Beatrix Hamburg talked about crossing the race and gender line in a video produced in recognition of the Yale School of Medicine’s 200th anniversary. | Yale School of Medicine
Beatrix Ann Hamburg, a renowned psychiatrist and academic researcher whose pioneering work advanced understanding of mental health for children and adolescents and shaped public policies related to improving the health of minorities, died on April 15. She was 94.
Dr. Hamburg’s research on peer counseling, adolescents and children with diabetes drew her particular acclaim during a long and distinguished career. She was the first self-identified African-American to attend Vassar College, where she earned an undergraduate degree in 1944, and, four years later, she became the first female African-American to graduate from Yale School of Medicine.
The attention that came with being the first African-American to attend Vassar and later graduate from Yale School of Medicine was not something that always pleased her, said her daughter Dr. Margaret Hamburg in a 2013 video interview.
While her mother’s trailblazing was inspiring and showed that women can achieve important things regardless of race, gender or other characteristics, Margaret Hamburg said, “She also talked about it being hard. She did not like being labeled. She was just as happy if people did not know that about her, so she could just be a person in her own right.”
Known as Betty, her contributions to public health policy came during her tenure from 1992 to 1998 as president of the William T. Grant Foundation, a social science research nonprofit focused on inequality and improving the lives of young people, and through her earlier work in 1977 as the director of studies of the President’s Commission on Mental Health during the administration of President Jimmy Carter.
“Enormously creative and powerfully smart, Betty had a great career in psychiatry and made major advances in adolescent mental health,” said Rush Holt, CEO of the American Association for the Advancement of Science. Holt added that Dr. Hamburg and her husband, Dr. David A. Hamburg, a former AAAS president who survives her, “were strong partners in psychiatry, medicine, mental health, the study of violence, international peace efforts and many other things in a long life together.”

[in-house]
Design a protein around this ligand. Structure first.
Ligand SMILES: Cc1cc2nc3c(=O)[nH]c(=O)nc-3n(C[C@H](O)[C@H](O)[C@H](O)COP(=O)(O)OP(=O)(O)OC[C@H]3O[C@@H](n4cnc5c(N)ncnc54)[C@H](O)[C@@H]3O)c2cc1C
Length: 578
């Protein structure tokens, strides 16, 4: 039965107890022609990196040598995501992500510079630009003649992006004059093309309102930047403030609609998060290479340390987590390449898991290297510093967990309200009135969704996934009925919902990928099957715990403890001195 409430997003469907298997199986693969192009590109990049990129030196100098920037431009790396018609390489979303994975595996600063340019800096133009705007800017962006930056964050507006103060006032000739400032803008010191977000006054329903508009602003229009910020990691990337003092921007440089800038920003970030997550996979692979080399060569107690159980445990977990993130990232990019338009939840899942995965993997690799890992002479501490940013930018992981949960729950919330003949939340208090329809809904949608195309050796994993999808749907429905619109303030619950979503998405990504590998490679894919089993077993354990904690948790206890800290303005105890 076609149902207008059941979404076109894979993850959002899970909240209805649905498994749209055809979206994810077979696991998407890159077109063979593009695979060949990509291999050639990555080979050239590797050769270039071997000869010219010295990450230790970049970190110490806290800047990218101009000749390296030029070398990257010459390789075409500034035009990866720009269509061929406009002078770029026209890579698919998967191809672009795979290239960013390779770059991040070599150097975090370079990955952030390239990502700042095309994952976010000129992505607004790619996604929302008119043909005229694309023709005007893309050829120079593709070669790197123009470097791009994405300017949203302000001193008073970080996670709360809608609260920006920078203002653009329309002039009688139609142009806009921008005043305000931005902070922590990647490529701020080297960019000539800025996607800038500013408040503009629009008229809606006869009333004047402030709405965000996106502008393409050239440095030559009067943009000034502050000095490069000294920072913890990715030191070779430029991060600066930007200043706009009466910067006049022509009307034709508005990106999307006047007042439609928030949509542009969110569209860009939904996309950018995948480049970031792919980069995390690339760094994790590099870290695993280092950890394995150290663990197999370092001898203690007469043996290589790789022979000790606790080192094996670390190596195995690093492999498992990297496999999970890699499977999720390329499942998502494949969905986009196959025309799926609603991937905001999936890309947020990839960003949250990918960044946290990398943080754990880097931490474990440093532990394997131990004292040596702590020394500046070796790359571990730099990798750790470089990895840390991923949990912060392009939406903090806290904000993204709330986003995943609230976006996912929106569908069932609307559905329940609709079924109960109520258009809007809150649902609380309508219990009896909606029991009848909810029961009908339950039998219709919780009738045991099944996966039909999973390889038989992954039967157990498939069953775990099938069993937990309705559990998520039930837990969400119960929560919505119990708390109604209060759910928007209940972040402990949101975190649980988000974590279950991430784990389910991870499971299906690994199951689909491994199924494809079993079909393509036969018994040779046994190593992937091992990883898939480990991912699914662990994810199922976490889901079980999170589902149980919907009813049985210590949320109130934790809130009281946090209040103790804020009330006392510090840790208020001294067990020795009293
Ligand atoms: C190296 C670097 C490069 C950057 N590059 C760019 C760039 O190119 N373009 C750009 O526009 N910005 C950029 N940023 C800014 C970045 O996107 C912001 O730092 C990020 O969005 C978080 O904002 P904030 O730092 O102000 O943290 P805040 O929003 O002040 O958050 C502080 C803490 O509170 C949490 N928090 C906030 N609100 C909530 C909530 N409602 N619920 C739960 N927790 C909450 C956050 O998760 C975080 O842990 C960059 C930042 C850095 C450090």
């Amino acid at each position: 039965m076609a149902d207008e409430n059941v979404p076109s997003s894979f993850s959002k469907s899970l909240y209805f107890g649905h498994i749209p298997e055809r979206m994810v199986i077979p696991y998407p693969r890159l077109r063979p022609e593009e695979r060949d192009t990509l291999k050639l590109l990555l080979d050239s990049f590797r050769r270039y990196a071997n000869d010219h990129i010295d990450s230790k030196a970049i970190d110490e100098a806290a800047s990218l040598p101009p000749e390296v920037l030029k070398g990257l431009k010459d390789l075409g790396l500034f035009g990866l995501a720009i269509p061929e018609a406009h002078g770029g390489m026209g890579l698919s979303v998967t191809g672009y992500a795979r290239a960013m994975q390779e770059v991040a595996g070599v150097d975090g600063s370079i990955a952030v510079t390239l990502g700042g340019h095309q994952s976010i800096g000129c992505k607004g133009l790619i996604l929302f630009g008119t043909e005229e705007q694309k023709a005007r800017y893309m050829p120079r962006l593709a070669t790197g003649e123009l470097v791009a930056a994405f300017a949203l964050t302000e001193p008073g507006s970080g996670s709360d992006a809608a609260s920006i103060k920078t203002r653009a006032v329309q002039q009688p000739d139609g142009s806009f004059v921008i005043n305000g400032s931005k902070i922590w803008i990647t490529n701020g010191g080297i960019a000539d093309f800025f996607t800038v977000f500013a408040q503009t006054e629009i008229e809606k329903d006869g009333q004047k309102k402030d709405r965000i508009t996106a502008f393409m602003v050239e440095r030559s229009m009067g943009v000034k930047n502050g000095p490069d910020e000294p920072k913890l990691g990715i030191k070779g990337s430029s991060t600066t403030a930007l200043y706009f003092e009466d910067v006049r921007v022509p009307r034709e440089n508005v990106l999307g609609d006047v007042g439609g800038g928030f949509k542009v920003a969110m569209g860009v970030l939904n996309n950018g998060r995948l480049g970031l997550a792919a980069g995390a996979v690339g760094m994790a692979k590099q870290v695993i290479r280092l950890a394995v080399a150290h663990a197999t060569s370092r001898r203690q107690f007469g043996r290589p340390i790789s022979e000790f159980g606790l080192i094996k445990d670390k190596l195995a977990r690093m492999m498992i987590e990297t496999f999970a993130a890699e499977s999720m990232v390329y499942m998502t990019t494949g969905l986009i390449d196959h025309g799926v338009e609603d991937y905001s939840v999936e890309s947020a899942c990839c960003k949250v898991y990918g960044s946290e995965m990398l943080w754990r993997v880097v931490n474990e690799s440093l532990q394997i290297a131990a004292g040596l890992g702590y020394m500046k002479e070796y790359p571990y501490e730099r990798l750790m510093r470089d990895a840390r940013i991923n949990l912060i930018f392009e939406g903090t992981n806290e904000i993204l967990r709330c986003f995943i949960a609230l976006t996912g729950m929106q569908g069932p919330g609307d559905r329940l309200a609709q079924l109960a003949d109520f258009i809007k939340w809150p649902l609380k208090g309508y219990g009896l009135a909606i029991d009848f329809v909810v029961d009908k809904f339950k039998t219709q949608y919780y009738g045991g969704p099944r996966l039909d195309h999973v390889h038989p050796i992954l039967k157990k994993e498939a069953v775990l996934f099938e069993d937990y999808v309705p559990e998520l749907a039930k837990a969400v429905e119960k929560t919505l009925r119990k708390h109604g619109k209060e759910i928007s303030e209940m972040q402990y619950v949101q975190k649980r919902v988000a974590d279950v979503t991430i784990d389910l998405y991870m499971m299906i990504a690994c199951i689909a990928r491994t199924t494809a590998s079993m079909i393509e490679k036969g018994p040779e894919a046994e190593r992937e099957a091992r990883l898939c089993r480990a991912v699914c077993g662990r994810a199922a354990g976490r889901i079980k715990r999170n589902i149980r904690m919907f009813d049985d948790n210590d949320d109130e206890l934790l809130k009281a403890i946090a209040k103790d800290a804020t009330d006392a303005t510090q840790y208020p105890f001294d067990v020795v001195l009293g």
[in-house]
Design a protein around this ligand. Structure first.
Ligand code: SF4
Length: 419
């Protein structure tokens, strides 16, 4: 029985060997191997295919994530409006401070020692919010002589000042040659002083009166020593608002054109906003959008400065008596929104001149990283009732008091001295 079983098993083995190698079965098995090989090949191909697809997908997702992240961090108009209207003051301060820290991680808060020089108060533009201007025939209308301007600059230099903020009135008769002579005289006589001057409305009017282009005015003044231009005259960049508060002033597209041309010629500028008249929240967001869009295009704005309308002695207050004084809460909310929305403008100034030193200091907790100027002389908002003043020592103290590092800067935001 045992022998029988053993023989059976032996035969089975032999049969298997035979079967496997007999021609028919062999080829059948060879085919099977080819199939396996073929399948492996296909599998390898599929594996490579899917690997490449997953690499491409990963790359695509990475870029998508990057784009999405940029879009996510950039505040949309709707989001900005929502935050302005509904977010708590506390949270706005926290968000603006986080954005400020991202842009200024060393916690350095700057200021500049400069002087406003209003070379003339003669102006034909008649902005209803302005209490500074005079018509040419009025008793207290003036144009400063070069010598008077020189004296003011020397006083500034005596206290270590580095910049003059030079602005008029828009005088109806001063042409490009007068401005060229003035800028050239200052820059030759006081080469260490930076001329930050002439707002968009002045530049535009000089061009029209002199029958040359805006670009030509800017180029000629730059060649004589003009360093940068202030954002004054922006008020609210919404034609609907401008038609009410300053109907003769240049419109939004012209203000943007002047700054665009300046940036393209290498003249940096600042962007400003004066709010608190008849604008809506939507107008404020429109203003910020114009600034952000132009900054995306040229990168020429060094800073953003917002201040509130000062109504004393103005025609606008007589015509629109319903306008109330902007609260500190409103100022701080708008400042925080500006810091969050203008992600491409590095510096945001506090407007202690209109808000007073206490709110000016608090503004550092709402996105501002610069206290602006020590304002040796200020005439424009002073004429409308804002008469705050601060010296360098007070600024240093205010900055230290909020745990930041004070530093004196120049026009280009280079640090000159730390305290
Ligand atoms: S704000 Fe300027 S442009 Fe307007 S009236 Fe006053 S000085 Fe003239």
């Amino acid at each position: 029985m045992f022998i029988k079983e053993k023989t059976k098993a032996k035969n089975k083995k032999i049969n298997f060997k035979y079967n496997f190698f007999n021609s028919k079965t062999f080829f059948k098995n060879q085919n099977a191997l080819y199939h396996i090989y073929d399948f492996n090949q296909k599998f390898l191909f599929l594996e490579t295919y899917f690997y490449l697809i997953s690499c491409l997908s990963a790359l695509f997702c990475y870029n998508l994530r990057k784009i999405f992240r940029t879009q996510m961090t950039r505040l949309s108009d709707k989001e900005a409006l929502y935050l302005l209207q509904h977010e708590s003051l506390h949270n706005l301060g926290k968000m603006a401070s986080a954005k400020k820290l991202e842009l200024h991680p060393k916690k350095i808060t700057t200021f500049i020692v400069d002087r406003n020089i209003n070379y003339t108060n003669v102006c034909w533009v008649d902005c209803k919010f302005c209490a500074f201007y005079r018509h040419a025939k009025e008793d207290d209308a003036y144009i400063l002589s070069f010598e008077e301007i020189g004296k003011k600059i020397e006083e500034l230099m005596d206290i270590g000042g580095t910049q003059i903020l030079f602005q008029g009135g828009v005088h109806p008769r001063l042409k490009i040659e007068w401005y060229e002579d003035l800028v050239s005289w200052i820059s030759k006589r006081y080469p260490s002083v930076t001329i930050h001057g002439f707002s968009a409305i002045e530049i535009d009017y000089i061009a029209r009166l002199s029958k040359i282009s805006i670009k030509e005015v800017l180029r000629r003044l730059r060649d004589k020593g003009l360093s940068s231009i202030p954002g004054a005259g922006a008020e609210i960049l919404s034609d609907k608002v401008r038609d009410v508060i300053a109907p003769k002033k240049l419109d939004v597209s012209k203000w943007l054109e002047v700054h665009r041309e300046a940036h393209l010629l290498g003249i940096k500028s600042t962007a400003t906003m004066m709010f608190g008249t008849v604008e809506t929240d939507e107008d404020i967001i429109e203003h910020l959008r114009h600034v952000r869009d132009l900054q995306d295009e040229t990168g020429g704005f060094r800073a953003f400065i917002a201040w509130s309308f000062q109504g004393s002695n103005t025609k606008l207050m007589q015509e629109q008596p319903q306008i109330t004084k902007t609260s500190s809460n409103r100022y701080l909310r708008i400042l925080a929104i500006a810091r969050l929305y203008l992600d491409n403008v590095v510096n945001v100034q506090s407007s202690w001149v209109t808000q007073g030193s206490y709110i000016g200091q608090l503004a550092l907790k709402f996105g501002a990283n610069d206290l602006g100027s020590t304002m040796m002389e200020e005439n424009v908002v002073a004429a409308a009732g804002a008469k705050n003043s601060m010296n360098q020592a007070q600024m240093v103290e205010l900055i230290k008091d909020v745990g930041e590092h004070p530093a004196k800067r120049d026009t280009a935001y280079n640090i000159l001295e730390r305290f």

In 1995, Dr. Hamburg was elected a AAAS Fellow in recognition of her leadership and achievements in the medical sciences. She also was a member of the AAAS board of directors from 1987 to 1991, a distinction carried on by Margaret Hamburg, also a physician, who serves as AAAS’ current president.
Throughout her career, Dr. Hamburg participated in multiple activities under the auspices of the Institute of Medicine and the National Research Council aimed at improving treatment for children with mental health disorders. At the same time, she conducted research and held professorships at Stanford, Harvard, Mt. Sinai and Weill Cornell Medical College.
“Both my parents, my mother, perhaps in particular, really instilled in me not just a sense of what was possible but also a sense of a purpose, a sense of living a life of service and giving back,” said Margaret Hamburg, in the 2013 interview conducted when she was the commissioner of the Food and Drug Administration.
Dr. Hamburg was the recipient of many awards. In 2007, she and her husband received the Rhoda and Bernard Sarnat International Award in Mental Health from the Institute of Medicine for being “passionate advocates for those who bear tremendous burdens.” Five years later, the National Research Center for Women & Families presented her the Foremother Award in recognition of her life’s work.
Perhaps most meaningful was being bestowed the Pardes Humanitarian Prize in Mental Health in 2015, an award she shared with her husband in recognition of their joint contributions to advancing mental health care. The award went to those whose “extraordinary contribution has made a profound and lasting impact in advancing the understanding of mental health and improving the lives of people suffering from mental illness,” stated the Brain & Behavior Research Foundation, which presented the award.
At the foundation’s award ceremony, Dr. David Hamburg accepted the honor saying, “It is especially meaningful for Betty and me to share this award for our work together, a lifelong effort to understand how human beings cope during the most difficult circumstances.”
At the time, Dr. Herbert Pardes, president of the foundation and executive vice chair of New York Presbyterian Hospital’s board of trustees, said the two “blended their scientific knowledge, understanding of human behavior and profound compassion into a unique and humanistic vision,” and in so doing “have transformed our view of mental illness and minimized its stigma.”
Dr. Hamburg was born on Oct. 19, 1923 in Jacksonville, Florida, the daughter of Francis Minor, a surgeon. The family moved to Long Island, N.Y., where she was raised.
Including her husband David and daughter Margaret, she is survived by a son, Eric Hamburg, and three grandchildren.